Make a conscious decision before buying: Does the default software have the capabilities you expect, or can you install the operating system you want?

If you get a Laptop with Windows installed, do a quick search to see how well Linux runs on it. If you’re getting a phone, you might be interested in an Android alternative like LineageOS (formerly Cyanogen Mod).

2. Know what you are doing

If your device cannot easily be unbundled, make sure you know what you are doing. Cars and tractors, for example, also come with a proprietary operating system, but it can be more easily replaced than that of an iPhone.

It’s important that you know what you are doing, though, and what implications your alterations have on your safety and that of potential participants. Not all alternative firmware is well tested, and some might be outright malicious, too.

3. Campaign for the right to repair

Your fridge, car, phone, TV, or air conditioner is yours, and it should be yours to repair. Organizations like the EFF campaign to free hardware from license agreements, and to invalidate clauses that make it impossible for you to control the things you own.

You can also contact your local hackerspace or library about tips and communities (or even start one of your own).

Don’t jailbreak or root your device

There may be instances when it is appropriate to root or jailbreak a device, perhaps for testing purposes or, for example, to run an IMSI Catcher.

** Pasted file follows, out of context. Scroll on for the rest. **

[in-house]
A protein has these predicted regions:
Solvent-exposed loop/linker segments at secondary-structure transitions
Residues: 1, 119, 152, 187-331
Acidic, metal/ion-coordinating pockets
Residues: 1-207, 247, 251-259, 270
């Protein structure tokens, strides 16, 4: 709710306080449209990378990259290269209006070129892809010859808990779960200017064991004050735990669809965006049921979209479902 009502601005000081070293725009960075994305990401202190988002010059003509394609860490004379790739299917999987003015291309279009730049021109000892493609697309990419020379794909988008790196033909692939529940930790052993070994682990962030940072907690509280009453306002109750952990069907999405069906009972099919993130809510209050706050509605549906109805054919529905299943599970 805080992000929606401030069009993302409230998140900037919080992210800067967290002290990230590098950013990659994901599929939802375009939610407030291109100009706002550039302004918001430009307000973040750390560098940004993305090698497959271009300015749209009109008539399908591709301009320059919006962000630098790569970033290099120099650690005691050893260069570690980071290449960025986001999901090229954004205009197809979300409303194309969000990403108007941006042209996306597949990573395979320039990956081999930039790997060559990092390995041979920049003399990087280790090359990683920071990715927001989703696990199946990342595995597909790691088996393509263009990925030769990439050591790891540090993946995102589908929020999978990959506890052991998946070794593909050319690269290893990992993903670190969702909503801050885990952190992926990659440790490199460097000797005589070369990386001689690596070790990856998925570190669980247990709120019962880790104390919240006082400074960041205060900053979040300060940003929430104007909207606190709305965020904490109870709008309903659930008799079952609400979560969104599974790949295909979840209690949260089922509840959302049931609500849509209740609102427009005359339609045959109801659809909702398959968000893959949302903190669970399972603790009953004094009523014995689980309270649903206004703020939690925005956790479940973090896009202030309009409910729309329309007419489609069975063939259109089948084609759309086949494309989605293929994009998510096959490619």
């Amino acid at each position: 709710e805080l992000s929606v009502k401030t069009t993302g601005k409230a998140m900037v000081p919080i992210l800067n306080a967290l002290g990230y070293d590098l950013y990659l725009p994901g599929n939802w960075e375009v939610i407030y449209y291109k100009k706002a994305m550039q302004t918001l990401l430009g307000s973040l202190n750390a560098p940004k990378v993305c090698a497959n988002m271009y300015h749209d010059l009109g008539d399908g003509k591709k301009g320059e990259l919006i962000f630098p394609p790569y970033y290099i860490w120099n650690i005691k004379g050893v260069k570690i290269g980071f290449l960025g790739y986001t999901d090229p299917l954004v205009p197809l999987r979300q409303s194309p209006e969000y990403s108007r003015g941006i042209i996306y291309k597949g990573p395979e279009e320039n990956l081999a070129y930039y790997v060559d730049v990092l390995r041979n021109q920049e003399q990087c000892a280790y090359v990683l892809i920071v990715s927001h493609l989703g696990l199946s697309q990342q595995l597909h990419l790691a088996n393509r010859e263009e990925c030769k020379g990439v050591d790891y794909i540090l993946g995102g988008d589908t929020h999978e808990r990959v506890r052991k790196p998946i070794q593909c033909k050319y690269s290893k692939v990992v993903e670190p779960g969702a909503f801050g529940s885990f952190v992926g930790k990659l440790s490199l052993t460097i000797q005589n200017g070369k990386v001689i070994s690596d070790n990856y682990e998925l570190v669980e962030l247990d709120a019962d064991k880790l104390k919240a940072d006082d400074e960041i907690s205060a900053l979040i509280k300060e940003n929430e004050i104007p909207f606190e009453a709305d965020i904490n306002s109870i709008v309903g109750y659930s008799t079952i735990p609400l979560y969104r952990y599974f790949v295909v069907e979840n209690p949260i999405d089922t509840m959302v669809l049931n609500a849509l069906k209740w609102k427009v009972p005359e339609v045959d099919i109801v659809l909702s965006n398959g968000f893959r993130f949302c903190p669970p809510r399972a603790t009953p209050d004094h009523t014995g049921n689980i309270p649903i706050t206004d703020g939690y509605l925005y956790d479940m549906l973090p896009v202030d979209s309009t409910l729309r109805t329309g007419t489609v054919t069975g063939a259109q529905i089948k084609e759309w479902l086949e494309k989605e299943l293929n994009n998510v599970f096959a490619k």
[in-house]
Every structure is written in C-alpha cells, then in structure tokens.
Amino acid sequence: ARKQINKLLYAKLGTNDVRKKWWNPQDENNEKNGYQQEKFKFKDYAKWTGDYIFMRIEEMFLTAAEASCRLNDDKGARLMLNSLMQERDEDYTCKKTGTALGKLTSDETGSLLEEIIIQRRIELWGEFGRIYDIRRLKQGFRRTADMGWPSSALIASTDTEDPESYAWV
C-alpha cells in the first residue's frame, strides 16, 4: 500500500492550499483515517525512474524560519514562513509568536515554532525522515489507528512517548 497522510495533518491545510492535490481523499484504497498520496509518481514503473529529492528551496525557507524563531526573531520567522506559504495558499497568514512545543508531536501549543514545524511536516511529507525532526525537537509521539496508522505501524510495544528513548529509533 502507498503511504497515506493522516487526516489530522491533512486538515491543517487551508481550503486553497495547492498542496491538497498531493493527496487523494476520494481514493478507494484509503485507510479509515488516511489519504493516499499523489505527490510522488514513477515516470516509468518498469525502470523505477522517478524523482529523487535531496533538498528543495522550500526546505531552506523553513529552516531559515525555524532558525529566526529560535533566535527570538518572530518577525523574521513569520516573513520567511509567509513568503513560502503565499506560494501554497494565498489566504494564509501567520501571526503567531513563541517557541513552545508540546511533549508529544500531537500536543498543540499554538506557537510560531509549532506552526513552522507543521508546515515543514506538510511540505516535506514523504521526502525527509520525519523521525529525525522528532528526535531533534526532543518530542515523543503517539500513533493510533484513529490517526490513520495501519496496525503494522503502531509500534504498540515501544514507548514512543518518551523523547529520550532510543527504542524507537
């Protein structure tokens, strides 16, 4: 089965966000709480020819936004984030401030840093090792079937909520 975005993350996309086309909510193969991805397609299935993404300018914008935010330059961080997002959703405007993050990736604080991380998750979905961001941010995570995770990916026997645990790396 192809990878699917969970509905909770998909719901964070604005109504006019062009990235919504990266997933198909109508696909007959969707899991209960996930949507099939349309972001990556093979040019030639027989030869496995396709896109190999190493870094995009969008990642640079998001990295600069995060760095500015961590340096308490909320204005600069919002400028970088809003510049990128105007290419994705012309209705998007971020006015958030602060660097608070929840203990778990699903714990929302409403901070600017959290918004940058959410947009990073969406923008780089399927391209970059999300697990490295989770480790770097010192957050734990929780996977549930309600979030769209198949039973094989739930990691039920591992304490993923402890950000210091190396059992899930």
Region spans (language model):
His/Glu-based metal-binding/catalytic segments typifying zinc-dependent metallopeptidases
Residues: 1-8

Either way, never jailbreak or root the device you are actively using for communications or data storage. Anything with your personal details on should never be rooted and any rooted device should always be a dedicated spare one.

If you’re worried that your device may be rooted, or simply want to make sure it is not, you can always reset your device to its factory settings, or reinstall the operating system.

5 COMMENTS

  1. A very misleading article.
    You seriously think an aging phone that no longer receives official updates is going to be more secure left as it is rather than rooting and updating it yourself.

  2. Add me to the list of people who strongly disagree with you. Choosing to install an alternative OS is good. Accepting the spyware and bloatware you know is already installed on your device because you might be at risk later is silly. Saying anyone who disagrees with you is not sane is just insulting.

  3. I have to disagree.

    Considering that, especially in the Android segment, manufacturers have been slow about pushiung updates and havent been doing really do a lot of them either, a custom rom and/or a root may actually make it MORE secure, you just need to know what you are doing.

    for example, you might be able to get yourself a permanent root and that use that to fix the hole that gave you root in the first place.

    also at least on android, root usually comes with a root manager like SuperSU or Superuser, which means apps have to request root AND get approval by the user.

    root/Jailbreak is basically just another facet of the right to repair, but on the software side.